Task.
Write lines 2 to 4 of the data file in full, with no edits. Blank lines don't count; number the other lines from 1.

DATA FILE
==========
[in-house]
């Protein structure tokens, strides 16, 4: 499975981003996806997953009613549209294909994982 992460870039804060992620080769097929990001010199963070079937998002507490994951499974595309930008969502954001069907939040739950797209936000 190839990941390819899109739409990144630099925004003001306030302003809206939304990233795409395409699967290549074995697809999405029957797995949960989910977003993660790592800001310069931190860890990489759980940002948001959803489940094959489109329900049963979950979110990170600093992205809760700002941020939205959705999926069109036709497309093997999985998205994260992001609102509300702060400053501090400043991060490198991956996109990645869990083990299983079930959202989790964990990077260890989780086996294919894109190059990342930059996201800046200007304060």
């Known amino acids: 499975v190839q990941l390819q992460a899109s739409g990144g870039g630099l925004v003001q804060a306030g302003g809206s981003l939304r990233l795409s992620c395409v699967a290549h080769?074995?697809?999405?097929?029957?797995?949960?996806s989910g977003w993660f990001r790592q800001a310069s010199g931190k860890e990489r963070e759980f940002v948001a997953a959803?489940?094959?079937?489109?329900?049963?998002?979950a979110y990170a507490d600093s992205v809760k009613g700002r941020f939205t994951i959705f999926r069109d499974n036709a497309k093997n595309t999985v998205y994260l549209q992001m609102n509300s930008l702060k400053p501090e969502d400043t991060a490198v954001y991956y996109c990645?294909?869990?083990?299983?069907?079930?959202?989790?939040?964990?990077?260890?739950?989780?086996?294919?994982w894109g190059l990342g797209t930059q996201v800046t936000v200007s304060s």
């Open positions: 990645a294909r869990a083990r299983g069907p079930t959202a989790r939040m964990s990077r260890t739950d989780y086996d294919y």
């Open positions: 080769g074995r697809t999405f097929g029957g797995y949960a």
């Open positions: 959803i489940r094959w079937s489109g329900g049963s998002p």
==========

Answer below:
């Protein structure tokens, strides 16, 4: 499975981003996806997953009613549209294909994982 992460870039804060992620080769097929990001010199963070079937998002507490994951499974595309930008969502954001069907939040739950797209936000 190839990941390819899109739409990144630099925004003001306030302003809206939304990233795409395409699967290549074995697809999405029957797995949960989910977003993660790592800001310069931190860890990489759980940002948001959803489940094959489109329900049963979950979110990170600093992205809760700002941020939205959705999926069109036709497309093997999985998205994260992001609102509300702060400053501090400043991060490198991956996109990645869990083990299983079930959202989790964990990077260890989780086996294919894109190059990342930059996201800046200007304060």
């Known amino acids: 499975v190839q990941l390819q992460a899109s739409g990144g870039g630099l925004v003001q804060a306030g302003g809206s981003l939304r990233l795409s992620c395409v699967a290549h080769?074995?697809?999405?097929?029957?797995?949960?996806s989910g977003w993660f990001r790592q800001a310069s010199g931190k860890e990489r963070e759980f940002v948001a997953a959803?489940?094959?079937?489109?329900?049963?998002?979950a979110y990170a507490d600093s992205v809760k009613g700002r941020f939205t994951i959705f999926r069109d499974n036709a497309k093997n595309t999985v998205y994260l549209q992001m609102n509300s930008l702060k400053p501090e969502d400043t991060a490198v954001y991956y996109c990645?294909?869990?083990?299983?069907?079930?959202?989790?939040?964990?990077?260890?739950?989780?086996?294919?994982w894109g190059l990342g797209t930059q996201v800046t936000v200007s304060s």
């Open positions: 990645a294909r869990a083990r299983g069907p079930t959202a989790r939040m964990s990077r260890t739950d989780y086996d294919y």